The majority of digital oscilloscopes still use an analog trigger architecture based on comparators. This causes time and amplitude errors that cannot always be calibrated out and often limits the trigger sensitivity at high bandwidths.
Over 20 years ago Pico first pioneered the use of fully digital triggering using the actual digitized data. This technique reduces trigger errors and allows our oscilloscopes to trigger on the smallest signals, even at the full bandwidth. Trigger levels and hysteresis can be set with high precision and resolution.
The reduced rearm delay provided by digital triggering, together with segmented memory, allows the capture of a new waveform every microsecond until the buffer is full.
The PicoScope 4824 offers an industry-leading set of advanced triggers including pulse width, runt pulse, windowed, logic and dropout.
Ever spotted a glitch on a waveform, but by the time you’ve stopped the scope it has gone? With PicoScope you no longer need to worry about missing glitches or other transient events. PicoScope can store the last ten thousand oscilloscope or spectrum waveforms in its circular waveform buffer.
The buffer navigator provides an efficient way of navigating and searching through waveforms, effectively letting you turn back time. Tools such as mask limit testing can also be used to scan through each waveform in the buffer looking for mask violations.
Some oscilloscopes struggle when you enable deep memory; the screen update rate slows and controls become unresponsive. The PicoScope 4824 avoids this limitation with use of a dedicated hardware acceleration engine inside the oscilloscope. Its parallel design effectively creates the waveform image to be displayed on the PC screen. PicoScope oscilloscopes manage deep memory better than competing oscilloscopes, both PC-based and benchtop.
The PicoScope 4824 is fitted with third-generation hardware acceleration (HAL3). This speeds up areas of oscilloscope operation such as allowing waveform update rates in excess of 100,000 waveforms per second and the segmented memory / rapid trigger modes. The hardware acceleration engine ensures that any concerns about the USB connection or PC processor performance being a bottleneck are eliminated.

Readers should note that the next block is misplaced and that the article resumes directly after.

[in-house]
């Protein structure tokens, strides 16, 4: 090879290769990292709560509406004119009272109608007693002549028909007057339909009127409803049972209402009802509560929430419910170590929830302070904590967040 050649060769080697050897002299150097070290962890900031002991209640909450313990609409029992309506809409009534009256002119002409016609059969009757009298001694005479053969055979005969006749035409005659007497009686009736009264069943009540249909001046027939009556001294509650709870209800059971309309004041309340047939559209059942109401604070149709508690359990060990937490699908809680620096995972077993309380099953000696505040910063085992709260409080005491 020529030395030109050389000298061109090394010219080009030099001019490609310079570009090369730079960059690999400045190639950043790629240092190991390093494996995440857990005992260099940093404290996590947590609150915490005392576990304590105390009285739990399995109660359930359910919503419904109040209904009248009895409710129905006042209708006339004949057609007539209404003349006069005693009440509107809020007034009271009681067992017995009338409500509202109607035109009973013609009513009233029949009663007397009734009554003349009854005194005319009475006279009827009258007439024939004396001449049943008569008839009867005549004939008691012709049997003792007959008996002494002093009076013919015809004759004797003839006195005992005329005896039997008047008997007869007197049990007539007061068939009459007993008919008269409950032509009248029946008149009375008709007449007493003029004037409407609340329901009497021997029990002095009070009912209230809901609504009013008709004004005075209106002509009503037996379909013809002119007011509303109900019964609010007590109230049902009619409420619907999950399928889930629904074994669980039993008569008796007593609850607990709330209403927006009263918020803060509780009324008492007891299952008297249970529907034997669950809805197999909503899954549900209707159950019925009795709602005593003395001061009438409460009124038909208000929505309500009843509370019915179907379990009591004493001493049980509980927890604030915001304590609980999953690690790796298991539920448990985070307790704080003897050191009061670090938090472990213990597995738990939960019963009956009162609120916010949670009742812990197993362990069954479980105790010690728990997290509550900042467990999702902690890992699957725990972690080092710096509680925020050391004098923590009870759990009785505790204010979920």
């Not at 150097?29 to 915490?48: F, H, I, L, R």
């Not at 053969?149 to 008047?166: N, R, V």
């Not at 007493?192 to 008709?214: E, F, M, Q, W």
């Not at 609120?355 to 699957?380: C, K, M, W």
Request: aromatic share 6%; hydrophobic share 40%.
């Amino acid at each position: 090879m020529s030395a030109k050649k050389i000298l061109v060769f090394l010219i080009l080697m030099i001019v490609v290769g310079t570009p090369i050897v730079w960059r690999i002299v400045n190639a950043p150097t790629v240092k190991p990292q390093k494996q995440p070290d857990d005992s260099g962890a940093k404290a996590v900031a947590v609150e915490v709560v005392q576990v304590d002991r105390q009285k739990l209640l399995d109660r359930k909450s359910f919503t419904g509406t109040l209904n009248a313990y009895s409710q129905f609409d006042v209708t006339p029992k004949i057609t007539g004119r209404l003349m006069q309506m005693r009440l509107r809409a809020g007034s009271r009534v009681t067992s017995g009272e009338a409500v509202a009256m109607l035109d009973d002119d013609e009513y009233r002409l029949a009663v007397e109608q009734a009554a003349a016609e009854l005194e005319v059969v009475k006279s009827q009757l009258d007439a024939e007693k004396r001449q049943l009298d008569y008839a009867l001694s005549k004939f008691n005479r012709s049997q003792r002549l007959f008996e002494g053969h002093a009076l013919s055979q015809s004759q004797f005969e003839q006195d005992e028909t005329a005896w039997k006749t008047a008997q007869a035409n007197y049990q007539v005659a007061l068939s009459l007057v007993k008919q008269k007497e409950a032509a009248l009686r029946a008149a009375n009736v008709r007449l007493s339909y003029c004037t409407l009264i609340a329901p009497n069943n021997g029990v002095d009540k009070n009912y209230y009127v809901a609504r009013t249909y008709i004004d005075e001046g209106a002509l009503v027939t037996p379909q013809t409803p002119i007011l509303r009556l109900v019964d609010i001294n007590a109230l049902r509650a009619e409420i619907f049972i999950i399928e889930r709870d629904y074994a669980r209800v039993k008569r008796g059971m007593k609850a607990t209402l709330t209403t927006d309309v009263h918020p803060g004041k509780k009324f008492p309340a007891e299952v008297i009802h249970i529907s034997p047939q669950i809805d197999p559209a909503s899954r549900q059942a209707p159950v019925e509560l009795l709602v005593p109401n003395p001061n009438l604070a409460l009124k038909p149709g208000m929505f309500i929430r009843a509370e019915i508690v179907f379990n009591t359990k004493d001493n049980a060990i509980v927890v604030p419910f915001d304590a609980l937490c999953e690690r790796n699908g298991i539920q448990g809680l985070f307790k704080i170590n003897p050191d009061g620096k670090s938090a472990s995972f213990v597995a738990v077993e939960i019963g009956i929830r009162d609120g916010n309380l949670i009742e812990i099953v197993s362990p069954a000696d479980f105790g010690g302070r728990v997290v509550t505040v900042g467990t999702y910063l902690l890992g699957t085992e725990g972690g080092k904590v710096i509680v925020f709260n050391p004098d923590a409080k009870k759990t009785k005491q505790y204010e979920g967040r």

An important specification to understand when evaluating oscilloscope performance is the waveform update rate, which is expressed as waveforms per second (wfms/s). While the sample rate indicates how frequently the oscilloscope samples the input signal within one waveform, or cycle, the waveform capture rate refers to how quickly an oscilloscope acquires waveforms.
Oscilloscopes with high waveform capture rates provide better visual insight into signal behavior and dramatically increase the probability that the oscilloscope will quickly capture transient anomalies such as jitter, runt pulses and glitches – that you may not even know exist.
The PicoScope 4824 oscilloscope uses hardware acceleration to achieve up to 100,000 wfms/s.
Mask limit testing allows you to compare live signals against known good signals, and is designed for production and debugging environments. Simply capture a known good signal, draw a mask around it, and then attach the system under test. PicoScope will check for mask violations and perform pass/fail testing, capture intermittent glitches, and can show a failure count and other statistics in the Measurements window.